2.1.2 Oil Market Structure (supply curve, market equilibrium, total surplus)
It’s difficult and most times inaccurate to try and analyse the supply curve for inelastic products. A supply curve illustrates firms’ willingness to supply at particular prices. But in the oil industry there are exogenous factors that affect the prices. When a factor changes we say we have shifts in supply. That can be anything, for example a change in the number of firm selling petrol, a change in the price of a factor input (oil exploration expenses) or a change in technology. In our case, the supply is not affected by customer’s willingness to buy. Someone will buy petrol at any price in order to cover their needs (e.g drive to work). But in theory, the more quantity requested, the higher the price set by the firm. In the case which the price has reached the level where quantity supplied equals quantity demanded, we use the term “equilibrium”. On a graph, it is the price at which the supply and demand curves intersect. The total surplus refers to the total net gain to consumers and producers from trading in the market. IT is the sum of the producer and consumer surplus. But in practice the things are a little bit different. There is always need for more petrol (or oil products generally). This means that BP and other firms can produce as much petrol as they want. The boundaries here are if the petroleum firms can produce more petrol. It’s clear that the firm that can sell more barrels of oil, they will generate more revenue and gain more market share.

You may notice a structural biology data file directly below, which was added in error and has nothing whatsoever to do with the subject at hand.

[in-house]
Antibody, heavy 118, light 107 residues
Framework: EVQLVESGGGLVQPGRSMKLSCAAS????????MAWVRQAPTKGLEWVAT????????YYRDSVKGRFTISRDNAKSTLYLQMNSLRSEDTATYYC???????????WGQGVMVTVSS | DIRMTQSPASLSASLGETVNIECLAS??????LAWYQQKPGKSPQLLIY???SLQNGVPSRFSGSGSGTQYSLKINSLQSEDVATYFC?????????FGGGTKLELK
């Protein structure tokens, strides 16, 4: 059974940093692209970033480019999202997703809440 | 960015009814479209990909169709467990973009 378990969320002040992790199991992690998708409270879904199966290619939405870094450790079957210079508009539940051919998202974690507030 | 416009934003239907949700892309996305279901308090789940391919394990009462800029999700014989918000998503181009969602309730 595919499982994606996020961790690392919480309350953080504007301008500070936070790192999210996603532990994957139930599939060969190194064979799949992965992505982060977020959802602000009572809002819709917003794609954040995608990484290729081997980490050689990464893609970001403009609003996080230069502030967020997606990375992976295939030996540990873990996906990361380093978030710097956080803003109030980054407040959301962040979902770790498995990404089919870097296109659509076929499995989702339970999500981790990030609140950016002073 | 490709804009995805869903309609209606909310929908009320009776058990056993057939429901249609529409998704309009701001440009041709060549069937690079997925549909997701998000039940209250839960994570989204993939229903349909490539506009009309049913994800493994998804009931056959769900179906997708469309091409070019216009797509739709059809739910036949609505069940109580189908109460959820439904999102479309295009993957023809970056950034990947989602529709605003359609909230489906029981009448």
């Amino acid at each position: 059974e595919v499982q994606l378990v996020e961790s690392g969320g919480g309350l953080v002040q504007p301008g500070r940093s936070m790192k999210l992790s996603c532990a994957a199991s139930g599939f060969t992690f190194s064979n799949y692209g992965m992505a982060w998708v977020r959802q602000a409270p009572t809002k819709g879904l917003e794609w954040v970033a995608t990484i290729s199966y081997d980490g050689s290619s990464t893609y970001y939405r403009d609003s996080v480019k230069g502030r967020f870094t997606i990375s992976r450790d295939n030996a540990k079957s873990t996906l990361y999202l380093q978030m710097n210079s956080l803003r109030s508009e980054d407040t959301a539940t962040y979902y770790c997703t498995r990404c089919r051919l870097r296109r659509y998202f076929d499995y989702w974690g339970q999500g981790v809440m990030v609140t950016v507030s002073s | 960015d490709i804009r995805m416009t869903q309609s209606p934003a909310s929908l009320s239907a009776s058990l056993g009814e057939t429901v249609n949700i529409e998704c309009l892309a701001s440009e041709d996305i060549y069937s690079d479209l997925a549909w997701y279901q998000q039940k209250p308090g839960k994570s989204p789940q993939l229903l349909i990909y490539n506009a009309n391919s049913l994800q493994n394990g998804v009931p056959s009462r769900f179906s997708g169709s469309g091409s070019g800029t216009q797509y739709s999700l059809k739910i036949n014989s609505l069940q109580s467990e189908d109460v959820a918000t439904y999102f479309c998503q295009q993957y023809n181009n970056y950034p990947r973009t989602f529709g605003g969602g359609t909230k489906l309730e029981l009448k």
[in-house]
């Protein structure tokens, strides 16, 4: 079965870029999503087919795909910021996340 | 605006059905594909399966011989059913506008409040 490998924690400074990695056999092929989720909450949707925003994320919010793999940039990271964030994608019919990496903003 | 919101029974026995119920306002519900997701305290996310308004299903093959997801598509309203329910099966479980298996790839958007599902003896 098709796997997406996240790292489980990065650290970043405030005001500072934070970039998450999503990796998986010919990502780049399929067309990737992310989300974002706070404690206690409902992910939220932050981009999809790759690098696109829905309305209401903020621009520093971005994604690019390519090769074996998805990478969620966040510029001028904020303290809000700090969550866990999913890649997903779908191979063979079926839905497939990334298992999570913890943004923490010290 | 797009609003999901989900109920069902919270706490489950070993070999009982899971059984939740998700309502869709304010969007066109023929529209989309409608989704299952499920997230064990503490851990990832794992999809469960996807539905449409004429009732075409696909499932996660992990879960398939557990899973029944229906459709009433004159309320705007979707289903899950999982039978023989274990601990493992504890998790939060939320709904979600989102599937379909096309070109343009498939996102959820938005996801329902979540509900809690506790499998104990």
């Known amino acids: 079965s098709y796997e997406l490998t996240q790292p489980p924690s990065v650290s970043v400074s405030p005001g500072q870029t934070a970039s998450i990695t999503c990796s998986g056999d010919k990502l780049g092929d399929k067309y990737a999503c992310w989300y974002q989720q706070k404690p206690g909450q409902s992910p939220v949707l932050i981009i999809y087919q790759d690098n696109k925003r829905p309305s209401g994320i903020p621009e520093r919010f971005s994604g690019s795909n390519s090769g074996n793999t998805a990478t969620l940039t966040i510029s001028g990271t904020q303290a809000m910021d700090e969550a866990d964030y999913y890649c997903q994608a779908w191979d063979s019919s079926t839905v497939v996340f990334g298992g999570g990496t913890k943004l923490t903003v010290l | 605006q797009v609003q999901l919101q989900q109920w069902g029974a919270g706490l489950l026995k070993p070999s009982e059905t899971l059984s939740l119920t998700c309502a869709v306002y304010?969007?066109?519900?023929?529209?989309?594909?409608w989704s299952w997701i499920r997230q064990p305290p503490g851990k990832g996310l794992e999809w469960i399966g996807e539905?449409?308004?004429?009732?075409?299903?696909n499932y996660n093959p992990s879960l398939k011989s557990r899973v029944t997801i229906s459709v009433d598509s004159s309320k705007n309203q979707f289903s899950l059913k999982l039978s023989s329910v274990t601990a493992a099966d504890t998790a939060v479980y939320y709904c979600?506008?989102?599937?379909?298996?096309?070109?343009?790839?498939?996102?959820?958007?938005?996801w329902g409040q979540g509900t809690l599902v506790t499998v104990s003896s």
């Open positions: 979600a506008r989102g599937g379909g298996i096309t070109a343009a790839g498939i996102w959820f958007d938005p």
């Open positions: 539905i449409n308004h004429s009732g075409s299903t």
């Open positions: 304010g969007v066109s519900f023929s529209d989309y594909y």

BP’s performance in the last 10 years has been exceptional well. They improve and increase the production every single year and that’s due to increased refining availability.
In the next page (figure4) you can see some of the performance factors.
Figure – BP’s performance (picture taken from BP’s annual report 2008)
As you can see in the photo, the production was high but a bit lower that the year 2006. This is due to the unstable economy and prices in the last 2 years. BP still managed to increase their profits by improving their processes. The highlights of the year are: replacement cost profit of $ 25.594 million (up 39%), capital expenditure and acquisitions of $ 30.700 million and share price increase. The complete table with data will be attached in the appendix.
2.1.3 Government legislation (competition policy and carbon trading)